People have strong feelings about anything that threatens their survival or capacity to thrive. Even if denied, those feelings exist…and emerge later in some behavioral fashion. Leadership transitions affect several factors related to survival and thrival. (Okay, thrival is not a word but it helps make the point.) Let’s take a brief look at some of the emotional and relational aspects of succession planning.
The Outgoing Leader
The Outgoing Leader is a person; perhaps with a family. Whether that leader was highly effective, loved, and will be missed or s/he was merely tolerated, made a mess, and their departure is a cause for celebration, there are emotional and relational aspects to consider.
- Practical ways of communicating expectations and boundaries when it comes to timeframes, roles and responsibilities, power and authority, and the processing of changes in those areas.
- The ending or significant shifting of important relationships. If the organization is small or intimate enough for the leader’s family to have been involved, they may have emotional attachments as well.
The Immediate Circle
Those who worked most closely with the outgoing leader may need or desire some means of providing input or processing of their own feelings about the transition and their experiences with the leader prior to the transition. The latter is especially important if the leader in any way created a toxic or dysfunctional work environment. The effects of such behaviors and environments may seem to evaporate, but still linger.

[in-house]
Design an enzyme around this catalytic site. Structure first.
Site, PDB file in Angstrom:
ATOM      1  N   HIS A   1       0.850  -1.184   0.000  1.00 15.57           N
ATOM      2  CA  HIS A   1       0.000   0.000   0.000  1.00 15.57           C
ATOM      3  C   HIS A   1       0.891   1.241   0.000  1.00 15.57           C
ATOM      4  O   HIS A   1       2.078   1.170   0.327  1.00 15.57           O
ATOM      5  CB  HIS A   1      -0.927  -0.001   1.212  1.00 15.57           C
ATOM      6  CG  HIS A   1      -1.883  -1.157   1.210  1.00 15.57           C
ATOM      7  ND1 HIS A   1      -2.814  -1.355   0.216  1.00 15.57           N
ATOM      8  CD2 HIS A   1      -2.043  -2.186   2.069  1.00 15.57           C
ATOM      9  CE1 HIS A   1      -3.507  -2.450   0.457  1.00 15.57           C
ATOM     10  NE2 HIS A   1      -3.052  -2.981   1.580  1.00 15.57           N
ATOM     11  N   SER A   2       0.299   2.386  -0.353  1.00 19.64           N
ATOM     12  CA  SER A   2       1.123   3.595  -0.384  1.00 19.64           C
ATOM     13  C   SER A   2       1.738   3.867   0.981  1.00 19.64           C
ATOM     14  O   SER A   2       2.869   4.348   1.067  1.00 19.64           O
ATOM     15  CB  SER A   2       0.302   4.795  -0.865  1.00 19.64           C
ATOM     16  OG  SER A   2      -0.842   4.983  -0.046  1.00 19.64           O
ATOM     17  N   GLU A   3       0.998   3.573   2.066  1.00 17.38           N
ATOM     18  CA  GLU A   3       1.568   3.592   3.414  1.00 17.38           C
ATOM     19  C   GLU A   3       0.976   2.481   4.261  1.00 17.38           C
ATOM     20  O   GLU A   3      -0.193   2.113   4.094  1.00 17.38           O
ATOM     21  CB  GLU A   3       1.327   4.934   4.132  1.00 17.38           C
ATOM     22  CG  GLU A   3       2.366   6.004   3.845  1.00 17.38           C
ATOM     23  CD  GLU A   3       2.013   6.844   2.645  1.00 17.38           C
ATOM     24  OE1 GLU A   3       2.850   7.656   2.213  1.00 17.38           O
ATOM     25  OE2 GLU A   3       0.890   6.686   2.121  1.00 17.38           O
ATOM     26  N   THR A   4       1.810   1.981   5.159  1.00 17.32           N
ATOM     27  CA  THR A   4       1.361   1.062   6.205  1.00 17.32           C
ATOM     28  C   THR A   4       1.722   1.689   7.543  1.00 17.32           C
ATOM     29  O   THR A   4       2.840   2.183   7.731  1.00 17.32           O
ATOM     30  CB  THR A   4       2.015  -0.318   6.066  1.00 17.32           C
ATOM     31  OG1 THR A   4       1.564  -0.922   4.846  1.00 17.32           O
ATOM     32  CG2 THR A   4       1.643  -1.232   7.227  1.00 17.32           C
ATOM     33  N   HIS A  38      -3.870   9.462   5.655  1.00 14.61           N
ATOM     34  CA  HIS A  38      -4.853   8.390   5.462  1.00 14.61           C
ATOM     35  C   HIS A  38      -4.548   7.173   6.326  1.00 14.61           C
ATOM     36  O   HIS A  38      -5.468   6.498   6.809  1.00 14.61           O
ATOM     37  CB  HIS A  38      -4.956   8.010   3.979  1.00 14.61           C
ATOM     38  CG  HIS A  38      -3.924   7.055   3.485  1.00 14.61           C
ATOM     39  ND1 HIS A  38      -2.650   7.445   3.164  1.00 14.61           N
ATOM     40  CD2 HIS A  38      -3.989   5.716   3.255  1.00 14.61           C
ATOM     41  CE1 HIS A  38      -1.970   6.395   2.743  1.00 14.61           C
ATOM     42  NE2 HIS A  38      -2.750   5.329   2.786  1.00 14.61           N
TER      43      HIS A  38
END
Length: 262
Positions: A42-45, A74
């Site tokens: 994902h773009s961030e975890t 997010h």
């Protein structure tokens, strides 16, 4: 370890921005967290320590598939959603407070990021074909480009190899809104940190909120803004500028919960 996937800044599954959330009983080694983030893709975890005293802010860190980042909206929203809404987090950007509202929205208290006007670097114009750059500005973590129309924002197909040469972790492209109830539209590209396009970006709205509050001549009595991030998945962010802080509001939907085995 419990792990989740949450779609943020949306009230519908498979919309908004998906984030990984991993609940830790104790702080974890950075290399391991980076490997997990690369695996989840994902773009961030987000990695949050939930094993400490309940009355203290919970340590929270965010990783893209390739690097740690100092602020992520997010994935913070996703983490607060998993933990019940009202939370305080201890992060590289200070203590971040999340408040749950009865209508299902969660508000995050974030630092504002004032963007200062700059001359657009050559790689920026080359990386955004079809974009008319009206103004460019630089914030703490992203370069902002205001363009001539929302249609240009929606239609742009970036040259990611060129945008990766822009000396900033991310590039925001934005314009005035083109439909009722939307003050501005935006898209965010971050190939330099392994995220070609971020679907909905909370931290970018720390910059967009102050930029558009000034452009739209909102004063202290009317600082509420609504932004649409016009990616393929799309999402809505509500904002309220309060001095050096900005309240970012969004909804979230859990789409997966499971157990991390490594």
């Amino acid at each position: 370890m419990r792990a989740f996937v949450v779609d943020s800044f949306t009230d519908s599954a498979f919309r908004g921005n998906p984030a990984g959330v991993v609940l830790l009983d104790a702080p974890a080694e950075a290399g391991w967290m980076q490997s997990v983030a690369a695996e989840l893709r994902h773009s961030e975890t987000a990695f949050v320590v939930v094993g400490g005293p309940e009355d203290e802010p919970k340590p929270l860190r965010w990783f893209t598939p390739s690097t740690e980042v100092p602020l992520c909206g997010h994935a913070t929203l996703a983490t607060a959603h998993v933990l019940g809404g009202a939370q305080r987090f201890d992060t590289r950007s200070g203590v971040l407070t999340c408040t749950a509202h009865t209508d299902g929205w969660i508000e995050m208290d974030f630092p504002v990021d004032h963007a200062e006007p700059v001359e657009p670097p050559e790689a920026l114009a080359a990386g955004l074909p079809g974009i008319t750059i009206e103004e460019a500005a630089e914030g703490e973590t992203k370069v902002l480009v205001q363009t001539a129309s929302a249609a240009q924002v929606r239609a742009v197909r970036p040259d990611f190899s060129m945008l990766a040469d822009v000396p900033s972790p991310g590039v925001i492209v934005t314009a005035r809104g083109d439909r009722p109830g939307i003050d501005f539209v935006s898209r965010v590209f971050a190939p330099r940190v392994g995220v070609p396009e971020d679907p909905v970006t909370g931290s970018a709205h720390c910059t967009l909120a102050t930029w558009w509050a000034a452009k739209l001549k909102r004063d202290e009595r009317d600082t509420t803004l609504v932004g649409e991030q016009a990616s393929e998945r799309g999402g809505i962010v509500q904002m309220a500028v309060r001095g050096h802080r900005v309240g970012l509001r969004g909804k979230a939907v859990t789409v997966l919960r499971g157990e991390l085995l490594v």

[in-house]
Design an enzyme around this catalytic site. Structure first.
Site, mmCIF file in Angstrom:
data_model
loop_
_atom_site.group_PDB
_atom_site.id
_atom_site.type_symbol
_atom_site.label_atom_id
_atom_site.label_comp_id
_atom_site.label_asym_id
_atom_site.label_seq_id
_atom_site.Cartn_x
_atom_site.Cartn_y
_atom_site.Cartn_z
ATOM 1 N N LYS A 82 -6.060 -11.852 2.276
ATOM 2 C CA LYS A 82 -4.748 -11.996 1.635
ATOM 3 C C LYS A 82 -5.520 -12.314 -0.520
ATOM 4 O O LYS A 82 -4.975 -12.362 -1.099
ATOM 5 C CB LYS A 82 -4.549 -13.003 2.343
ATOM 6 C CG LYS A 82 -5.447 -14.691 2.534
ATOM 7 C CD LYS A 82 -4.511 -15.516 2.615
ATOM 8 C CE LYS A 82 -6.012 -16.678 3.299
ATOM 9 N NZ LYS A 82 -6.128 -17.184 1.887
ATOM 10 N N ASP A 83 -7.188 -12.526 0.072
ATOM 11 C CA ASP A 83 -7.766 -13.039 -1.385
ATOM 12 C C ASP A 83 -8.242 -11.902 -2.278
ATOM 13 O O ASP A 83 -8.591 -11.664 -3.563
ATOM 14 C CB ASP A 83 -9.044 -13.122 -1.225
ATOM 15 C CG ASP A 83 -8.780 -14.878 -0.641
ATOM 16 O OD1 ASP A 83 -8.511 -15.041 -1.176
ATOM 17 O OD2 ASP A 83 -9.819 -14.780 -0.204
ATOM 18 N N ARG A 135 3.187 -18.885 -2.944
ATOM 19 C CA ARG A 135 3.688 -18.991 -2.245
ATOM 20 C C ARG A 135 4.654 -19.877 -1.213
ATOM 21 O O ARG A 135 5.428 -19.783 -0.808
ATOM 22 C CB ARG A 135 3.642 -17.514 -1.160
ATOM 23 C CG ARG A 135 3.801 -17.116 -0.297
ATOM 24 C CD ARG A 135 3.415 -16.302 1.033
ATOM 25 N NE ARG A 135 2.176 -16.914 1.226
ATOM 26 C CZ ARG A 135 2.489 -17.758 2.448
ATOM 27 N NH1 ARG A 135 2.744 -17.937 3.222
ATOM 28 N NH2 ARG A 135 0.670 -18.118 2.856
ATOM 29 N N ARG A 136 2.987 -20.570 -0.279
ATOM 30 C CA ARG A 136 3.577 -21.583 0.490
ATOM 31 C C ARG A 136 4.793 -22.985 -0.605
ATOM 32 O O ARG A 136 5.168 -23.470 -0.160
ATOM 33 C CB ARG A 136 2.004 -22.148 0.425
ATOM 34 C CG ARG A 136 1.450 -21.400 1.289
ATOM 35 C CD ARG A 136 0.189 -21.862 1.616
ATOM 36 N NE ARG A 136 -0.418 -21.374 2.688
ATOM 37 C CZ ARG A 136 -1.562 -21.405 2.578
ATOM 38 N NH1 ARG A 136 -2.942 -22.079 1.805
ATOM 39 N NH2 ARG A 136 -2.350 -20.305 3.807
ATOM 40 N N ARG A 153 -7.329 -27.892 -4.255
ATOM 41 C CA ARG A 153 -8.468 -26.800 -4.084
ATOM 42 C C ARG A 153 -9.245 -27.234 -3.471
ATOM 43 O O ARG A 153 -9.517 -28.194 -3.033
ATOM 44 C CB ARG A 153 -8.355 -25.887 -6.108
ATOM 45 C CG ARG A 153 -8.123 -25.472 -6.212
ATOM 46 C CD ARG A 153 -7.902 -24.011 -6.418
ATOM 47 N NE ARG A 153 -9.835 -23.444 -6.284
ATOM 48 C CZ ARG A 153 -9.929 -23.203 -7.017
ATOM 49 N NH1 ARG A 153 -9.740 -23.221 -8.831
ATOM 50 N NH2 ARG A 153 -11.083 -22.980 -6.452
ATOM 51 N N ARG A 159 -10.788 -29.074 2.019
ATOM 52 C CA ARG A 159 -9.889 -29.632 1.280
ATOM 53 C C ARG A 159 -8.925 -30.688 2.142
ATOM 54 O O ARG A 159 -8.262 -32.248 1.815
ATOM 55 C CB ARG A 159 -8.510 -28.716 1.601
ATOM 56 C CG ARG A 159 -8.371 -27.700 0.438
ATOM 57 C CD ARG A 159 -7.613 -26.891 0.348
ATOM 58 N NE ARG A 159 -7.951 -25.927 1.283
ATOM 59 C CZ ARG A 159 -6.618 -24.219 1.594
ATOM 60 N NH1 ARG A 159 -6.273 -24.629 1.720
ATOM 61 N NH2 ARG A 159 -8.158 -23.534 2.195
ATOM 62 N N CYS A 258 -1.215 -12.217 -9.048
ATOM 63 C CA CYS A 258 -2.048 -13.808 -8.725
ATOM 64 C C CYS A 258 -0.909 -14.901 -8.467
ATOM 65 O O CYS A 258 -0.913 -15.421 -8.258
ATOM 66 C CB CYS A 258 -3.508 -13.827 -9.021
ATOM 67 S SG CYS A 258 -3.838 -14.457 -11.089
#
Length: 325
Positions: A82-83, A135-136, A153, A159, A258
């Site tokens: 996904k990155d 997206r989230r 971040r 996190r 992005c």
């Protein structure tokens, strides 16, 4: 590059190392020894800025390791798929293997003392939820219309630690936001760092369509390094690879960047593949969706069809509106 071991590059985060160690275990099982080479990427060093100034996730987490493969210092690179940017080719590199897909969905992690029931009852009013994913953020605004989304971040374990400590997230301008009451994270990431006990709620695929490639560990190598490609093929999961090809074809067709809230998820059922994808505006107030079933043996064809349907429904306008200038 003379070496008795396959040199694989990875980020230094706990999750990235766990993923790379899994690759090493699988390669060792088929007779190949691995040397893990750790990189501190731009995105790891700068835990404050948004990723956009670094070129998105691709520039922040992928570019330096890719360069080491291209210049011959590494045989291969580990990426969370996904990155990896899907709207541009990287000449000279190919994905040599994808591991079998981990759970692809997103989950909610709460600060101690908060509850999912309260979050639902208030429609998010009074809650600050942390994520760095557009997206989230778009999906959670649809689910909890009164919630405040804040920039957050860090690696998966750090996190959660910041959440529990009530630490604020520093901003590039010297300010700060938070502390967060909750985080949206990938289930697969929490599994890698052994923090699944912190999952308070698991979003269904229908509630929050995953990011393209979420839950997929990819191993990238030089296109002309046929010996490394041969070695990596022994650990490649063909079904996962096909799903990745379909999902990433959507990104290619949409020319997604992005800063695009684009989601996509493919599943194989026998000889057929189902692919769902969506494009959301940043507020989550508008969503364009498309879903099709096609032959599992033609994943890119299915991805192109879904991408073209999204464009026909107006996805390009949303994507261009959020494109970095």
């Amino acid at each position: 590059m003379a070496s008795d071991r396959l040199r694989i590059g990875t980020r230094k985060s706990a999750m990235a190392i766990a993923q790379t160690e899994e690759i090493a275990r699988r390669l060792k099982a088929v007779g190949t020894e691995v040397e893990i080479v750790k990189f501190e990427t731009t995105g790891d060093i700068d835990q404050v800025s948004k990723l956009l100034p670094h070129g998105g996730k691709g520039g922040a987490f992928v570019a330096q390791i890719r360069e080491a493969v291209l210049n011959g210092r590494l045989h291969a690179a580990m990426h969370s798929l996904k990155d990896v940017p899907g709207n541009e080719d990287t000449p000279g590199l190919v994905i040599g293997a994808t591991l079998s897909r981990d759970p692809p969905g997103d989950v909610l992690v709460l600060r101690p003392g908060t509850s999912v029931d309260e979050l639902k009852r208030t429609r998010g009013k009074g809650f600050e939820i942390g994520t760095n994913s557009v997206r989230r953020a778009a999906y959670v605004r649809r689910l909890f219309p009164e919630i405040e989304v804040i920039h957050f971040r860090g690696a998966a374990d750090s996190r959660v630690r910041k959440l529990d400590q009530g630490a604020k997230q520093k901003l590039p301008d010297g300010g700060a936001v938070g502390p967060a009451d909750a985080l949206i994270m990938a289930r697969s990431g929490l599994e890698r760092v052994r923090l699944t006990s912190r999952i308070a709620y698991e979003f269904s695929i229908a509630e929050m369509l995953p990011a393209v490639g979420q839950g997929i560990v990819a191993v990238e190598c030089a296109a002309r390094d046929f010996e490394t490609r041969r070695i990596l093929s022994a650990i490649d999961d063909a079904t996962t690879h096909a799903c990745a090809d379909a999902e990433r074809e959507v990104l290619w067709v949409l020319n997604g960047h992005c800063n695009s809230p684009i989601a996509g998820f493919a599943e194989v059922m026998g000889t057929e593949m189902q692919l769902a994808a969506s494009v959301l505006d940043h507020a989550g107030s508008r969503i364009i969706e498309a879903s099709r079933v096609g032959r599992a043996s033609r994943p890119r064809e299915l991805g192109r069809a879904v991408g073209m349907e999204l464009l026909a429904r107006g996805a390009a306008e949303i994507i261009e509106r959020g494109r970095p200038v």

If the outgoing leader provided a healthy environment in which people thrived, it is important to acknowledge and celebrate in a way that reinforces that what they built together will continue. Leaders, and their inner circles, either create culture or allow it. It is important to equip the inner circle to continue shaping the culture they’ve built, even after their leader moves on.
The Broader Circle of Stakeholders
There are concentric circles of stakeholders, each with their own degree of emotional connection to the outgoing leader and/or what they stood for and provided. Many people experience a sense of loss or anxiety about the future during a leadership transition. Communicate with purposeful intentionality on topics such as transitional logistics, how areas of stakeholder-concern will be addressed during the transition, and how missional-momentum is going and being supported.
The Incoming Leader
The incoming leader is a person, perhaps with a family. There may be a geographical move involved. There is certainly a shift in roles and responsibilities. Each of those brings degrees of emotional and relational ambiguity and adjustment. Acknowledge those realities along with logistical and operational aspects. Your new leader will be at their best when their whole person can show up.
Integrity has to do with wholeness. When there are a lot of parts involved, it takes intentionality to keep the people and the processes integrated. A well-conceived plan helps.
TurningWest’s Culture & Leadership Transition Planning service will help you with yours.